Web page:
Who needs a spare room, anyway?

I’m sure Lord Freud would love the chance to swap just one of his eight bedrooms in his comfy mansion for a single sofa

Mark Steel
Tuesday 29 January 2013 21:13

Now that someone’s pointed it out, it’s obvious who caused the economy to collapse – people on benefits with a spare room. So there’s a new law, starting in April, which will cut 15 per cent off anyone’s housing benefit if their place contains one of these “spare” rooms.

The cut applies to any household in which a bedroom isn’t lived in all the time. For example, welfare minister Lord Freud told a parent whose three children stay with him half the week that he would lose the spare room as the kids can sleep on the sofa. Luckily, the fact that sofas appear to be smaller than three children is an optical illusion. Many families have lived for years on them, and if they come into some spare equity build a cushion as an extension. Lord Freud himself has to make do with an eight-bedroom mansion, so you can understand why he’d give that advice, as he’d LOVE the opportunity to swap that cramped dwelling for a sofa.

Parents whose son or daughter work for the armed forces, leaving their room empty while they’re away on duty, will also have their benefits cut, and Lord Freud's advice to those parents was to take in a lodger. That should be easy enough, because it’s simple to rent out a room on the basis that every couple of months you have to budge up a bit in bed to make room for a squaddie just back from Afghanistan. You can probably charge a bit of extra rent on the grounds that if the room has any mines in it, your roommate will know exactly how to sweep them away.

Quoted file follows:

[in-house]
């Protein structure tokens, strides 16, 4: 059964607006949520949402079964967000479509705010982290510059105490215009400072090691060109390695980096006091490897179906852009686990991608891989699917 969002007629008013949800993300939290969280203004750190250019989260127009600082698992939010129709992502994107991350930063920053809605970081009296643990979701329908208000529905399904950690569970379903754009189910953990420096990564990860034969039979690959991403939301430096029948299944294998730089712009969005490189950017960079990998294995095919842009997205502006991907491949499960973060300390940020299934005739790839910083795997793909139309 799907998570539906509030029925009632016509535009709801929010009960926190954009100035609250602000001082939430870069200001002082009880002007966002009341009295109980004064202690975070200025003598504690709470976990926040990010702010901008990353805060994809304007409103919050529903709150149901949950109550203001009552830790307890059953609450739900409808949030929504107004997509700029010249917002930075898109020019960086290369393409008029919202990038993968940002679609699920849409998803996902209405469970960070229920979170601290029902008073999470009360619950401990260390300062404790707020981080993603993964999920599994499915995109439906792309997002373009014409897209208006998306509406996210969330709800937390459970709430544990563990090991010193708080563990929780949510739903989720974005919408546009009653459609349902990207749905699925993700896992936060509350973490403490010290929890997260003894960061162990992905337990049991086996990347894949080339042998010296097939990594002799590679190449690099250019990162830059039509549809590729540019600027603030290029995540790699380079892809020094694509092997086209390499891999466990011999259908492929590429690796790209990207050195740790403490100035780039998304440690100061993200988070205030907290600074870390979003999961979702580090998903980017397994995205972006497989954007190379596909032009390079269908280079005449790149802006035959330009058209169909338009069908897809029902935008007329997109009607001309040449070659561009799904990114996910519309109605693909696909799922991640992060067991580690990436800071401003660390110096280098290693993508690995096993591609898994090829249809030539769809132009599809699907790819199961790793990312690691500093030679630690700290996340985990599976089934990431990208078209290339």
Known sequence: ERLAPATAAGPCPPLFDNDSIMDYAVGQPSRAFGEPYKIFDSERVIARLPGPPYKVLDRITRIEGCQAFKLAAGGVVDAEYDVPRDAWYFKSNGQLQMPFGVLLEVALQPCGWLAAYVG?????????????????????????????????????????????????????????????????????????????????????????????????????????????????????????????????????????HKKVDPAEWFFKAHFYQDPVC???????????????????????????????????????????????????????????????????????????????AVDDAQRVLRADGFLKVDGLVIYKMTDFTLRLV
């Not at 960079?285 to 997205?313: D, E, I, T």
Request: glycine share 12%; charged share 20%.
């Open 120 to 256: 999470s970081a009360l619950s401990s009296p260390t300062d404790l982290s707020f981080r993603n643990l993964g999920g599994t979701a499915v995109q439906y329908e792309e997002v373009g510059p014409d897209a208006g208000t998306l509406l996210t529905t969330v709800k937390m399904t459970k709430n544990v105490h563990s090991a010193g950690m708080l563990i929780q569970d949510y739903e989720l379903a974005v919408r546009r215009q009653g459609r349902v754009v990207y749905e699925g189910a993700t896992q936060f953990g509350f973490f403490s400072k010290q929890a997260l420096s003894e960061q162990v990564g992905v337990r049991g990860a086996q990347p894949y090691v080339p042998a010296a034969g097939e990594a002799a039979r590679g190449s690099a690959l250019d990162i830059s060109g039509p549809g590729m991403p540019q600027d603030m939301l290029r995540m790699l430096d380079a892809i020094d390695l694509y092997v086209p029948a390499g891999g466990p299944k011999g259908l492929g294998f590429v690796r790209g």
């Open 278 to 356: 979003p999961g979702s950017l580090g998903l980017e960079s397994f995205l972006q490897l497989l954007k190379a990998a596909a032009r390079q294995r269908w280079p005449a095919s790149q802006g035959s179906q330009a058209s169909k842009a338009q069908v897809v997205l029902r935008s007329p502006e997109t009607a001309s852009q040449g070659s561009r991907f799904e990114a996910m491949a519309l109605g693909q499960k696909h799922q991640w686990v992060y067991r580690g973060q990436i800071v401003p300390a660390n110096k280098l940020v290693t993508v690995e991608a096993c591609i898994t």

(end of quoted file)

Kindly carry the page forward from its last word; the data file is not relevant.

Disabled people who need a spare room for equipment will have their payments cut, and the Government expects the new rule to affect 660,000 households. If all these families did as they were asked and moved somewhere smaller, there might be a problem, in that there aren’t 660,000 spare smaller houses. But this can be easily solved by getting the residents to destroy their extra room with gelignite, leaving them with the right-sized property while the taxpayer no longer feels upset at paying for unnecessary lumps of space.

It could be time-consuming for David Cameron, because everyone facing these cuts will presumably be granted two meetings with the Prime Minister, as happened with Starbucks when it was suggested they make the odd payment of tax. But there’s a solution to help everyone.

Once these cuts have been introduced, we could start on toilets. How much housing benefit goes towards renting a toilet, and yet most of these claimants spend barely more than a few minutes a day on it, the ungrateful pigs? One toilet per street is plenty.

The rest could be rented out to Starbucks, in return for a tax payment, and every council flat would have its own coffee shop, selling almond croissants to be enjoyed during long summer walks around the glorious grounds of the sofa.

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